When I was growing up, my Mother did all the cooking. Once in a while my Sisters and I might have helped by making a salad or baking cookies, but for the most part my Mother did the cooking and my Father did the grilling. When my sons were small they both expressed an interest in cooking. I'm not sure whether they were fascinated by the activity that always seemed to be concentrated in the kitchen, the fact that their Uncle Bob was a chef, or that they found a sense of creativity in helping me cook. For whatever the reason, they enjoyed helping and creating their own culinary "masterpieces." Like most children, as they grew older their interests became more diverse. It seemed like Scott always had a tennis racquet, golf club, baseball glove, or basketball in one of his hands, and Jonathan's interests focused on collecting comic books, playing Dungeons & Dragons and video games. Today, both the boys enjoy cooking and I am pleased to see that they do not consider the kitchen strictly a woman's domain.
I believe that from an early age children should learn to cook and help in the kitchen. When they are young, they view it as a type of game or play activity. In reality, you are teaching them a valuable lifelong skill. Encouraging children to play a part in meal preparation offers a multitude of benefits. The most obvious benefit is that they actually learn HOW to cook. They learn that things don't just magically appear on the table at mealtimes! It also aids in creating healthy eating habits, encourages creativity, and improves their self confidence and self esteem. They learn the art of making something for others' enjoyment and benefit. Involving children in the process of cooking also provides them the opportunity to become involved with other basic everyday life activities such as menu planning, proper food storage, hygiene, nutrition, grocery shopping, budgeting, reading and comprehending recipes, applying weights and measurements to an actual formula, and creative food presentation. It also provides a practical application of principles they study in school including math concepts, chemical reactions, responsibility, time management, planning, and analysis. The kitchen activity provides a great environment for family bonding while children master new skills; not to mention that it's just plain FUN with a delicious outcome! While there can be downsides, I have found that with proper supervision and instruction, safety concerns become less of an issue. Children become more cautious on their own once they learn proper use of the tools and utensils for their intended purpose and not as toys. The other benefit I have found is the reduced number of squabbles about cleaning up afterward. Just as with their toys, if they get it out, they clean it up. Children understand this concept everywhere else, so why shouldn't it apply in the kitchen as well?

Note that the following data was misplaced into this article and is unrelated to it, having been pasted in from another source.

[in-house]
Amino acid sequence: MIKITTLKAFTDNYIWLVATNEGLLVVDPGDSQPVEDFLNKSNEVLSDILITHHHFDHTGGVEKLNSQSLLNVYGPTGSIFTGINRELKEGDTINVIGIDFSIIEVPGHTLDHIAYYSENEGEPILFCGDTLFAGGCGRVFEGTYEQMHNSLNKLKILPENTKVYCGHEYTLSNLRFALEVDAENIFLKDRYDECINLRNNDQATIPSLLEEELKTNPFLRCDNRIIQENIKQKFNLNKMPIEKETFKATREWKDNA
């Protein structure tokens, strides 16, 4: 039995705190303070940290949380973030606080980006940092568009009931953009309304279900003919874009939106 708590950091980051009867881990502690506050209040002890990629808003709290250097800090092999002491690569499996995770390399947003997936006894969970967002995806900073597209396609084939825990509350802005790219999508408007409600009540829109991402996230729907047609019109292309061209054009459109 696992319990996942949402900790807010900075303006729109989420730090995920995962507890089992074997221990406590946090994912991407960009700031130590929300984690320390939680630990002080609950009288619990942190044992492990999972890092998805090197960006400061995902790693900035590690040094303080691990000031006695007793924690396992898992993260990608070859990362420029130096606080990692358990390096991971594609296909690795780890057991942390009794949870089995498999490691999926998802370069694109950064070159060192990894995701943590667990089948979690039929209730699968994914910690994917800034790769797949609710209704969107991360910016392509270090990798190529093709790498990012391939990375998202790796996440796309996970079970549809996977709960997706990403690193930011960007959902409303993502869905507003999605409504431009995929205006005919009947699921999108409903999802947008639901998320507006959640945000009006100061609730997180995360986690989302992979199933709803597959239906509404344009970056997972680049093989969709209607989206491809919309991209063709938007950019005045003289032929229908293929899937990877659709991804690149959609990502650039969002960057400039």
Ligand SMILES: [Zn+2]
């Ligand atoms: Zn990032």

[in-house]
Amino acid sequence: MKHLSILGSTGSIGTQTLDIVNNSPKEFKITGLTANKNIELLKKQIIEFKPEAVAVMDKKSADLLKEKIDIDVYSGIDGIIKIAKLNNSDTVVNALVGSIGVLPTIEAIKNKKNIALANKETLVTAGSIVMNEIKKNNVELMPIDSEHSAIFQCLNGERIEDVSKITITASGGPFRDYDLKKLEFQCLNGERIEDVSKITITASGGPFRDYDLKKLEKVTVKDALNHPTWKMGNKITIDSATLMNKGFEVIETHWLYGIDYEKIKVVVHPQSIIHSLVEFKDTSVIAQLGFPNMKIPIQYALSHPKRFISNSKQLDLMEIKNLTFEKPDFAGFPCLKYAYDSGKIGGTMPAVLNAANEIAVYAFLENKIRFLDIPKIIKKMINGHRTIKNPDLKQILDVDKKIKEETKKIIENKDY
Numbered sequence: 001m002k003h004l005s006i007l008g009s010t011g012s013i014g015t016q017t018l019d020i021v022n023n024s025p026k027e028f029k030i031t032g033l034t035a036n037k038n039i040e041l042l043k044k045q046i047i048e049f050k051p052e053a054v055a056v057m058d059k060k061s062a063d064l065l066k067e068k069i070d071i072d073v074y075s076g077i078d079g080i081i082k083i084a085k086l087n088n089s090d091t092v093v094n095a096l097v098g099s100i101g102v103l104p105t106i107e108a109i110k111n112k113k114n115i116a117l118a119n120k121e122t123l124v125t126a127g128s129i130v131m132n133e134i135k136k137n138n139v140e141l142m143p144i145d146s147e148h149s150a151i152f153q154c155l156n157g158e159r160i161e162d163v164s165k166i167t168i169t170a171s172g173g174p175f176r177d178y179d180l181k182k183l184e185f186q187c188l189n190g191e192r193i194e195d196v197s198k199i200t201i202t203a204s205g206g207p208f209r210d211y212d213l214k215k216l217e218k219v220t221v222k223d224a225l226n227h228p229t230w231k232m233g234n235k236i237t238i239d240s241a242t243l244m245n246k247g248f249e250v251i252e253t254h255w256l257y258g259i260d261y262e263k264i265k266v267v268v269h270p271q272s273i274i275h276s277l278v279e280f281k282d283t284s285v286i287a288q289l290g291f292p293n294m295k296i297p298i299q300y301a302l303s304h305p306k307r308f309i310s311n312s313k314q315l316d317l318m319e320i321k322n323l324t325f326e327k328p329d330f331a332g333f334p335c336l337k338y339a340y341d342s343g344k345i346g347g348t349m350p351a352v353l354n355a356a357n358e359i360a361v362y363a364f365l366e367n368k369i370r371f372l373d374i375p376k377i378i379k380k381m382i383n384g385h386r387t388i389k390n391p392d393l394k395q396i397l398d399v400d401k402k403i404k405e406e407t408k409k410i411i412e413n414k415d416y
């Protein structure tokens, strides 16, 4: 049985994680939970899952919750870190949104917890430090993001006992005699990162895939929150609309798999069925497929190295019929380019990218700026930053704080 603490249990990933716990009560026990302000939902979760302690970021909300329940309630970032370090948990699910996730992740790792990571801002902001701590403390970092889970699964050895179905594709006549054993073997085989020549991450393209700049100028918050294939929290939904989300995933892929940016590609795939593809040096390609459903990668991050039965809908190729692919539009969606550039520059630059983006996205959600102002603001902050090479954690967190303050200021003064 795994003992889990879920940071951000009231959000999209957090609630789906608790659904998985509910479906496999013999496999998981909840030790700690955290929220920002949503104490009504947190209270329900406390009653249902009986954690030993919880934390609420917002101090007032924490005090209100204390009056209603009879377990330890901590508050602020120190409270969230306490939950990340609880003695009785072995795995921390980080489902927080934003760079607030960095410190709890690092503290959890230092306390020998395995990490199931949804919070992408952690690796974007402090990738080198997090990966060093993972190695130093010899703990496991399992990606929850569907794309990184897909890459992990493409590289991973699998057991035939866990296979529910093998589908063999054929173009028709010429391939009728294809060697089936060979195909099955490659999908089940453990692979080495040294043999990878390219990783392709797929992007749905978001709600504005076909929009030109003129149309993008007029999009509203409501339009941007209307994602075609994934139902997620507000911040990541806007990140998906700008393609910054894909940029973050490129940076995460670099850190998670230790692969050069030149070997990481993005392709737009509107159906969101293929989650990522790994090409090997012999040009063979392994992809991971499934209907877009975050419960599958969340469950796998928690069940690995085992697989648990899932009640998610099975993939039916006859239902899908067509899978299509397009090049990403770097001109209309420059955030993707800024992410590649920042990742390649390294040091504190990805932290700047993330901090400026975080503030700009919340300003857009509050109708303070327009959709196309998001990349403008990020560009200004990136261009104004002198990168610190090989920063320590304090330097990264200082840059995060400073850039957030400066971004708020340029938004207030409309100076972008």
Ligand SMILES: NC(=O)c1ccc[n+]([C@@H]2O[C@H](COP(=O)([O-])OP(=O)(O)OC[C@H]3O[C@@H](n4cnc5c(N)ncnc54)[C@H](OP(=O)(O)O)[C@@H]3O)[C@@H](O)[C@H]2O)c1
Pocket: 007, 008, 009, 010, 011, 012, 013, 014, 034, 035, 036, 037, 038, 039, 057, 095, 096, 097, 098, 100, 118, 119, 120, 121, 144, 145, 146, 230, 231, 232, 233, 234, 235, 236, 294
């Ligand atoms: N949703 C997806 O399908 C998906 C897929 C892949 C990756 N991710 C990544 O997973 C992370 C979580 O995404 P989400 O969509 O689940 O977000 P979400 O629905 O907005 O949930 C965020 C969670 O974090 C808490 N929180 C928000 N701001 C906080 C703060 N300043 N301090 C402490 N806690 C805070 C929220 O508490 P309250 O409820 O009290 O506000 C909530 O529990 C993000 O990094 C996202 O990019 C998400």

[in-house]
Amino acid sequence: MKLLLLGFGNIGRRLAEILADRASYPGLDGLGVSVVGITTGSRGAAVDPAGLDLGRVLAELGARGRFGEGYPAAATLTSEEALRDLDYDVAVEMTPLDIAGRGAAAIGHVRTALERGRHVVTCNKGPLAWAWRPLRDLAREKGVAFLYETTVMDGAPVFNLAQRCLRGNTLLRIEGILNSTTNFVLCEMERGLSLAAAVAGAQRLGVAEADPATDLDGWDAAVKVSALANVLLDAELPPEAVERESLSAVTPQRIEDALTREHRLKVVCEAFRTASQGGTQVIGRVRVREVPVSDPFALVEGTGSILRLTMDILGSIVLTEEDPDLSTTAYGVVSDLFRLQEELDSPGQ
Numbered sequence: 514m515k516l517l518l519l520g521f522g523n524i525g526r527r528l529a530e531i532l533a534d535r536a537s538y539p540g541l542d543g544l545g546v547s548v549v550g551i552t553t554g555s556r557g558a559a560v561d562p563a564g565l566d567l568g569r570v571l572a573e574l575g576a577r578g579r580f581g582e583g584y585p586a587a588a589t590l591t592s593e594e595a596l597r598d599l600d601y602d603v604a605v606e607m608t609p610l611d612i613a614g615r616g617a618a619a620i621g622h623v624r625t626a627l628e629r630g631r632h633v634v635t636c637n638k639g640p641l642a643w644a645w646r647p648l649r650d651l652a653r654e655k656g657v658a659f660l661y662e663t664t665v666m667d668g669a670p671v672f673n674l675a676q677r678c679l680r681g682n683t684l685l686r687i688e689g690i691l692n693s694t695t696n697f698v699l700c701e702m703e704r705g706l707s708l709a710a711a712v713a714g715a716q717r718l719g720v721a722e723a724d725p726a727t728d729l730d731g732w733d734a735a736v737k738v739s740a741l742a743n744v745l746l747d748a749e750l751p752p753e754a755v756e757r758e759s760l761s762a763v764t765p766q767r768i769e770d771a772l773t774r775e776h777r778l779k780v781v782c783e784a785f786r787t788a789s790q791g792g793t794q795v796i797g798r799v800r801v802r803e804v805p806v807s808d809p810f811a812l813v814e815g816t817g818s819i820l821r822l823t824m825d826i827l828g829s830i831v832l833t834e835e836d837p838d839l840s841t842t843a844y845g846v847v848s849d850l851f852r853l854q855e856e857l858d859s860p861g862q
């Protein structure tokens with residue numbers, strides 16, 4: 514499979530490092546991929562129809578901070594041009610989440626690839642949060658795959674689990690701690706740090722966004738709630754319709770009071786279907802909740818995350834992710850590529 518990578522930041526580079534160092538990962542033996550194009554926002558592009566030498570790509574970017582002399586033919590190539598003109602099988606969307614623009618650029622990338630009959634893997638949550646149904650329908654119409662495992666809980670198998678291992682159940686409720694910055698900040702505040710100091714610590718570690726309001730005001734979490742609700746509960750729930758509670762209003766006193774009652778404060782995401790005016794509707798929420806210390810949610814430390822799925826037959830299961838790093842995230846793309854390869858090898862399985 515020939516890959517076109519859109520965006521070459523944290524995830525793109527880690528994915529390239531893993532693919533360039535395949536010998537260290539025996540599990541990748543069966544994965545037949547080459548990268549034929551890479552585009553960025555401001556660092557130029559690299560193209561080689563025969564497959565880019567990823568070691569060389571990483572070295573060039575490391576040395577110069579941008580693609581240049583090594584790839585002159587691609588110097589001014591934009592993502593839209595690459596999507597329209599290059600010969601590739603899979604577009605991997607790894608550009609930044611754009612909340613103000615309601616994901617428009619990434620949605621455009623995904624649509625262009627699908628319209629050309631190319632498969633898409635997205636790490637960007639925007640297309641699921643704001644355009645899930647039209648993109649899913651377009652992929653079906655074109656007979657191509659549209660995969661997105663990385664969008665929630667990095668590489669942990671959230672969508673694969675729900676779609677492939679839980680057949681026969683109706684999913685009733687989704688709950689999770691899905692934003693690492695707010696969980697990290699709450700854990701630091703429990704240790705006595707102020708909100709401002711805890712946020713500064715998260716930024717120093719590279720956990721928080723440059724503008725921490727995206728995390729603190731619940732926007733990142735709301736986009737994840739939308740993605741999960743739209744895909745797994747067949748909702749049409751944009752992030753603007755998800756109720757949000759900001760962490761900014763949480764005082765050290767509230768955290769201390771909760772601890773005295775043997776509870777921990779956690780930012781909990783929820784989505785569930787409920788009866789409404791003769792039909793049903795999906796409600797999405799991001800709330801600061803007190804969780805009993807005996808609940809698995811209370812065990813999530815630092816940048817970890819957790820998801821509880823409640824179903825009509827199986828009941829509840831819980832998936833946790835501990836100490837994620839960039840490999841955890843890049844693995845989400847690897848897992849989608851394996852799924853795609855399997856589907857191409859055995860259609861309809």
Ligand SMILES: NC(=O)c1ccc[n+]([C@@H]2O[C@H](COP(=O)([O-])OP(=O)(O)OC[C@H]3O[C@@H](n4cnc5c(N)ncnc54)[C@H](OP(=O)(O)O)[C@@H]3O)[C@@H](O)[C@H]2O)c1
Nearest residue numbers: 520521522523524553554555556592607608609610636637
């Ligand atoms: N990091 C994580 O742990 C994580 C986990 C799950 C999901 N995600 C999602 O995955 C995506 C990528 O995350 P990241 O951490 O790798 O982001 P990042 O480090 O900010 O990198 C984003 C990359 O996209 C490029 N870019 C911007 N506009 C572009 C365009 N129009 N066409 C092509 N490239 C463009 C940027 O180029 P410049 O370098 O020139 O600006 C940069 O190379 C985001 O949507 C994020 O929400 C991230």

Although all four of my Grandchildren enjoyed helping out in the kitchen when they were younger, only two have expressed a real avocation for it. Zak still loves to cook; in fact he is primarily responsible for food preparation in his household. The fact that he is a Psychology major has not deterred him from pursuing his love of cooking. He posted pictures of dinners that he made last week including Crab Pot Pie, Salmon Sandwiches with Guacamole, and Garlic Lemon Basil Chicken with Mashed Sweet Potatoes. I don't know any other college students not living at home that eat that good, except his roommate. Not even I do!
My Granddaughter Tara, who is now 11 years old, began helping me in the kitchen when she was 4 years old by making fruit and vegetable salads. She also liked to do everything that she was capable of doing, and by the time she was 5 she was making Salsa, Bread, Cinnamon Rolls, Cranberry Apple Crisp, and Vegetable Soup. Her favorite game in the kitchen used to be pretending that we were on a television cooking show and walking the audience through the preparation of whatever dish it was that we were making. Today, she has an unbelievable palate. She can have one taste of a dish and break down its ingredients for you, including the herbs and spices. It amazes me! But if you think about the amout of information small children absorb when they take in everything you say and teach them, and their minds soak up information like sponges, it's not surprising. They do not have filters like doubt at preschool ages. They are generally building a foundation of information and that is the time to begin teaching them.
As a tribute to the Mud Pie Cooking School, I am sharing a variation on their basic recipe for Minestrone today, It is not difficult to make. Just have all your ingredients prepared in advance, and you will then find that it only takes minutes to combine. Zak and I decided that we'd add some protein with Cannellini Beans. You can either make it with or without them. I am sure you will love it as much as we do. I've paired it with my recipe for Rustic Italian Bread. Whether you mix it by hand or use a stand mixer fitted with a bread hook, this recipe is a breeze! After it has cooled, spread Butter (Margarine, or brush with Olive Oil) on the top side, sprinkle it with Garlic Salt (or Garlic Powder if you are watching your sodium), and toast it in the oven until golden brown. Or Butter (or brush Olive Oil) on both sides of the sliced bread, sprinkle with Garlic Salt or Powder and press the in a George Forman Grill or Panini Press. No matter how you choose to serve it, there's nothing better than fresh baked bread. And paired with a delicious hot soup—what more could you want on a cold day? And don't forget, invite your children or grandchildren to help you! You'll reap the benefits some day when they're grown and they invite you to dinner!